Why Ellie Mae Stock Soared 13% This Morning

By Markets Fool.com

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What's happening: Shares of Ellie Mae were up 13% as of 11:30 a.m. EDT following the mortgage-processing services company's second-quarter financial report Thursday afternoon. The company exceeded the high expectations that investors had, with revenue gains of 65% helping to lift adjusted earnings by 50% to $0.48 per share, crushing the consensus forecast and reflecting the continued strength of the mortgage market.

Why it's happening: Ellie Mae makes software products that help mortgage processors handle the loans they manage, and the home-loan market has been hopping lately as a combination of rising prices and the threat of higher future interest rates have spurred many would-be purchasers into quick action. The company reported impressive gains in the number of users of its Encompass software package, and adoption of its cloud-based services in particular has accelerated as customers see the value of Ellie Mae's expertise. Revenue per user also climbed, supporting the company's overall growth.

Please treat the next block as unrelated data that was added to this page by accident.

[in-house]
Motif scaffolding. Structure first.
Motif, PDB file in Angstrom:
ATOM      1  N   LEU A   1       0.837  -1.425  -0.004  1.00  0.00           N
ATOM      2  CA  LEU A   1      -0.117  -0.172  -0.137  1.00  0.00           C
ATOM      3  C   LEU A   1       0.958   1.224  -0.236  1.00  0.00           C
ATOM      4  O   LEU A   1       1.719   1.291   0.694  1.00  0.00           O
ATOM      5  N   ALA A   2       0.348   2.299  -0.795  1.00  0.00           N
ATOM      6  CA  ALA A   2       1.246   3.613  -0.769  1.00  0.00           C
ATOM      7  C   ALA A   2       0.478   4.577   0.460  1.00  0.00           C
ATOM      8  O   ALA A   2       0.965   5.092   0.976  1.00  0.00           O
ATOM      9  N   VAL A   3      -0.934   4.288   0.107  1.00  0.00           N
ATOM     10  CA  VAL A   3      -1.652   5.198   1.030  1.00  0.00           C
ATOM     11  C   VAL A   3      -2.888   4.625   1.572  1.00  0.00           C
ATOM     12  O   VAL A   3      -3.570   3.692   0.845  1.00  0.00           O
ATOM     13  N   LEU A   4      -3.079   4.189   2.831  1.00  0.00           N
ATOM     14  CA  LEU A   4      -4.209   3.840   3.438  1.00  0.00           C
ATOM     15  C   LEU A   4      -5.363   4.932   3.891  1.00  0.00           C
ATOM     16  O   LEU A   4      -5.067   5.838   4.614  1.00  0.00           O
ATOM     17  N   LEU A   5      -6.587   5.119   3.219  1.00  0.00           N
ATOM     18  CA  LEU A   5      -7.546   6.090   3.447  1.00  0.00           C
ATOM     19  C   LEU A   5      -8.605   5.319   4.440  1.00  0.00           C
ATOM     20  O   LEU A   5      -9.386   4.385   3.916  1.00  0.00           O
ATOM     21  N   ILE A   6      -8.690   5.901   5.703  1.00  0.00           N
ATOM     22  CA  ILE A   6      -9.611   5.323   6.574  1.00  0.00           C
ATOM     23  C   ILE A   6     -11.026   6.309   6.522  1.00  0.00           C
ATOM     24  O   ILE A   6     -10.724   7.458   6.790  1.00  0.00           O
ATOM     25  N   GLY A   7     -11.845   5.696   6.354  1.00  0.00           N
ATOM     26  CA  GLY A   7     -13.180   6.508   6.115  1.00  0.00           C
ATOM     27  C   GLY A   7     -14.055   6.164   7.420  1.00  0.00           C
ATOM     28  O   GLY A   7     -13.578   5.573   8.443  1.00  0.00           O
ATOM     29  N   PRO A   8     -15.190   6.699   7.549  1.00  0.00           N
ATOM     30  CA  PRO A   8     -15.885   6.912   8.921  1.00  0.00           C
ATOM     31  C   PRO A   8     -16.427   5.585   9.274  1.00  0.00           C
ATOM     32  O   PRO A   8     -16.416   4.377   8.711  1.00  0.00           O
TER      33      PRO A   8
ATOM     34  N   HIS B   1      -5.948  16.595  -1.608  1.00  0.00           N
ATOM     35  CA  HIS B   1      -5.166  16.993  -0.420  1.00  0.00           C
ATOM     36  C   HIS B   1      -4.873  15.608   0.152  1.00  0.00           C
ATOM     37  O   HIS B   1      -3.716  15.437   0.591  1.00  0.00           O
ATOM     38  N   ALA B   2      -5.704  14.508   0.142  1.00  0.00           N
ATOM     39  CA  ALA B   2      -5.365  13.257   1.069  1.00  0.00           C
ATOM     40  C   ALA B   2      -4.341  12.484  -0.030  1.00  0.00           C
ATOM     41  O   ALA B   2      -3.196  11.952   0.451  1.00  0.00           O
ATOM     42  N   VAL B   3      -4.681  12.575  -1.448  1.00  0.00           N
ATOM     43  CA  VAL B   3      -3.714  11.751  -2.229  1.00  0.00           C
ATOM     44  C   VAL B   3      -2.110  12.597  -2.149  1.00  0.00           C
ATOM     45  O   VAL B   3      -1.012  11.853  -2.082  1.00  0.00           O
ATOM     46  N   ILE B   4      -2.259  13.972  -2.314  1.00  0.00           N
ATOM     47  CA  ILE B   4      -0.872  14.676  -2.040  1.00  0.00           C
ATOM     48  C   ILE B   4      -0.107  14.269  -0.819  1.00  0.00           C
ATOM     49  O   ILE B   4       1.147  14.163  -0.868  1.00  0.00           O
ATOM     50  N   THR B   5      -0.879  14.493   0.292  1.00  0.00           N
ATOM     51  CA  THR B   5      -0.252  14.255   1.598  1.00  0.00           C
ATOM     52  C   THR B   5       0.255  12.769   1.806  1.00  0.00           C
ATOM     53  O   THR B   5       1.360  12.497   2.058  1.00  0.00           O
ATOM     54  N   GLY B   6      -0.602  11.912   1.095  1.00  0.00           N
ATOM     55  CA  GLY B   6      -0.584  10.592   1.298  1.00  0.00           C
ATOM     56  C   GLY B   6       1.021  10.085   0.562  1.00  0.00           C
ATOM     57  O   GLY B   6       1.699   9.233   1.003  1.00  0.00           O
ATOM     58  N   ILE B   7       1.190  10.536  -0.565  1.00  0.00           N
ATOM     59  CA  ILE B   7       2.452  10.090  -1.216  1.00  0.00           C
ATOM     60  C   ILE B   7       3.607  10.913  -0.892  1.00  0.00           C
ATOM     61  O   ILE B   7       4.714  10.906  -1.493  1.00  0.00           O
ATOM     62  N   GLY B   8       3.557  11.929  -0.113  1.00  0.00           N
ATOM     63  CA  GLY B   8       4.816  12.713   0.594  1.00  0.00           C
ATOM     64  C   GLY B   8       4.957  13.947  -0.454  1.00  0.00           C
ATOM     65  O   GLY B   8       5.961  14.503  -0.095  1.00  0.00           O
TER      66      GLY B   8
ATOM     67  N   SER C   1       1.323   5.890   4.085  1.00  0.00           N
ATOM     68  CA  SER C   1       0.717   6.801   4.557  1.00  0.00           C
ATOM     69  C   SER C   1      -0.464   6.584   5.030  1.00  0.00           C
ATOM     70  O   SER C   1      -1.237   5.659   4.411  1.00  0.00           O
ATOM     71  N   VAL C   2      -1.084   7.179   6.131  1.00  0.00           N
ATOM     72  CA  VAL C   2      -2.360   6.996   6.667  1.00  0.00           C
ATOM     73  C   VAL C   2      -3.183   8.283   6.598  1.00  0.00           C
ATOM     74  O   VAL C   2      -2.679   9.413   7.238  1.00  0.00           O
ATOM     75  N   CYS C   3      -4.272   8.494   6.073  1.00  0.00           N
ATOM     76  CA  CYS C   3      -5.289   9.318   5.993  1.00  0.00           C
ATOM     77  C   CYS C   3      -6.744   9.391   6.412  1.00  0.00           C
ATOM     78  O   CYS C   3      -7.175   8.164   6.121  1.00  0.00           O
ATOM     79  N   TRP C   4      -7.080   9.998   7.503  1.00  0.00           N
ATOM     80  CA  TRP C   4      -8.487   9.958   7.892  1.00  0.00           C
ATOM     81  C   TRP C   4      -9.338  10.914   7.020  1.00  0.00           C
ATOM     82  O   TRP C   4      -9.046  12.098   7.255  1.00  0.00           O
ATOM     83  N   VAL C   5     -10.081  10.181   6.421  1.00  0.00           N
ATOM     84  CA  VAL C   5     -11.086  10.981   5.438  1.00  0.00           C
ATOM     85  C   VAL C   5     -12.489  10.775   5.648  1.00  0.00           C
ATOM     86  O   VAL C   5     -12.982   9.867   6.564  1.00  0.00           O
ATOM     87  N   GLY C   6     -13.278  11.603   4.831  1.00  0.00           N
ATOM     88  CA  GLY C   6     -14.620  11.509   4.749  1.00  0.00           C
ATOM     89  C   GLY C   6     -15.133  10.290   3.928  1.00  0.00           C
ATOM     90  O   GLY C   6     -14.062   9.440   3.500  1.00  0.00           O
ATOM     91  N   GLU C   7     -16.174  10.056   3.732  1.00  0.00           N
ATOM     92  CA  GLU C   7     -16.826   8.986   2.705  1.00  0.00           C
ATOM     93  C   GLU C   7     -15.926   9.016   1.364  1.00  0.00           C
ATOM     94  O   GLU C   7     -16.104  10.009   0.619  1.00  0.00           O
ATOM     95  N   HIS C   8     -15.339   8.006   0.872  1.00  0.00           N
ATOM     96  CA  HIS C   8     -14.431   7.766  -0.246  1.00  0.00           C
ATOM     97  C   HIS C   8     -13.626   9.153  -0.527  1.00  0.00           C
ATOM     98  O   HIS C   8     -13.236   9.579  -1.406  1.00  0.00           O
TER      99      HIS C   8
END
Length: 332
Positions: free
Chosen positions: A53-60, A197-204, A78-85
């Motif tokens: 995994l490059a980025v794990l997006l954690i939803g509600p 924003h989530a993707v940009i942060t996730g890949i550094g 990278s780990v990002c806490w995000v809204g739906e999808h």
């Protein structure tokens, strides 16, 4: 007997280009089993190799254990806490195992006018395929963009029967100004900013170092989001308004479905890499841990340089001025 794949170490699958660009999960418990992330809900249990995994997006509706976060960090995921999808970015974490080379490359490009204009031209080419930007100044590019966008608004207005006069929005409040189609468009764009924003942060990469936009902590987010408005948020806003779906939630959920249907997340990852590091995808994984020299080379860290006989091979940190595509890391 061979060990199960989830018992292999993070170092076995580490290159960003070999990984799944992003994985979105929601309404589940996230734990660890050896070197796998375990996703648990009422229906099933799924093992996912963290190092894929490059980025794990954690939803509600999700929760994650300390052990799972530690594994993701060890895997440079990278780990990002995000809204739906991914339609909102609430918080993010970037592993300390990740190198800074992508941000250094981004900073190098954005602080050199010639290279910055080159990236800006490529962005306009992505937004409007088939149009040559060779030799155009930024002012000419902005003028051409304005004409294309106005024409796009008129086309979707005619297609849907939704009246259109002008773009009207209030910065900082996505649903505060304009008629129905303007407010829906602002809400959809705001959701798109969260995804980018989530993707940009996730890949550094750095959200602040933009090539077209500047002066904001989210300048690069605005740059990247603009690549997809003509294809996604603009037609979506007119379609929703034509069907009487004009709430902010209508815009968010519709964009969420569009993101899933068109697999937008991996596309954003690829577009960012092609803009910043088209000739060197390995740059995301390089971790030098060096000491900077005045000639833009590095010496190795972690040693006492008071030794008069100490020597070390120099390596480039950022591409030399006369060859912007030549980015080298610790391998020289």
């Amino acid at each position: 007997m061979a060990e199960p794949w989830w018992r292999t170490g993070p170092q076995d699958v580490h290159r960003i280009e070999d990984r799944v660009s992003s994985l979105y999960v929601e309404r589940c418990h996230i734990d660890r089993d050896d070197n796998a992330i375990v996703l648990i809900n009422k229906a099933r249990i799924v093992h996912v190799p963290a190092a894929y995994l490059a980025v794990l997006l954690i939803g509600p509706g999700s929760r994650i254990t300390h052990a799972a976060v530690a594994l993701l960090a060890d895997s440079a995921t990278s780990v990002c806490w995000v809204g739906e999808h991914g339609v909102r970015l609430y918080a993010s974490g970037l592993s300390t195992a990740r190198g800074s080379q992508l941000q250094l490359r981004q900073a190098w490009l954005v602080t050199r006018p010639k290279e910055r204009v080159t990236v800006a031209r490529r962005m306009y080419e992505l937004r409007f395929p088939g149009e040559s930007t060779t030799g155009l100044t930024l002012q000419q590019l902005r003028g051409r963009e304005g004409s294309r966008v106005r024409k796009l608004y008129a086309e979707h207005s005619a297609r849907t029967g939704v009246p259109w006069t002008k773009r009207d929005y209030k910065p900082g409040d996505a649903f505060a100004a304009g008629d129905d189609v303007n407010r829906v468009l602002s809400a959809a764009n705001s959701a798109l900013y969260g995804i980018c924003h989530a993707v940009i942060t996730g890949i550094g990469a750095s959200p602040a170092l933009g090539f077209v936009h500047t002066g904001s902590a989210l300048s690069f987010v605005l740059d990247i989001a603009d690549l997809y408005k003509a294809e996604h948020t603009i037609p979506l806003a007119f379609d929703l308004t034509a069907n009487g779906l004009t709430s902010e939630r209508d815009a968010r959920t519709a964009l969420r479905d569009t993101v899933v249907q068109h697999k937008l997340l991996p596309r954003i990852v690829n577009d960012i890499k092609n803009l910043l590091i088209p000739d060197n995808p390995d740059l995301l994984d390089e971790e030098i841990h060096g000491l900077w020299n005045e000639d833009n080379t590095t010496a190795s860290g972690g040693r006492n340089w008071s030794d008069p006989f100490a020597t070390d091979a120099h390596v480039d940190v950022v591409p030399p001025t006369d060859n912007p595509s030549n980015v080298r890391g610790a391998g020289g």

Despite the high expectations that investors already have for the mortgage-processing software maker, Ellie Mae also boosted its guidance for the full year even further upward. With about a 5% increase in sales guidance and a 15% to 20% push upward in its adjusted earnings range, Ellie Mae doesn't see any slowdown from the favorable conditions that are driving its impressive results. Eventually, the cyclicality of the mortgage market is likely to lead to slower growth for mortgage-management software packages, but for now, investors in Ellie Mae are pleased at how well the company is taking advantage of the best of times in the mortgage industry.

The article Why Ellie Mae Stock Soared 13% This Morning originally appeared on Fool.com.

Dan Caplinger has no position in any stocks mentioned. The Motley Fool recommends Ellie Mae. Try any of our Foolish newsletter services free for 30 days. We Fools may not all hold the same opinions, but we all believe that considering a diverse range of insights makes us better investors. The Motley Fool has a disclosure policy.

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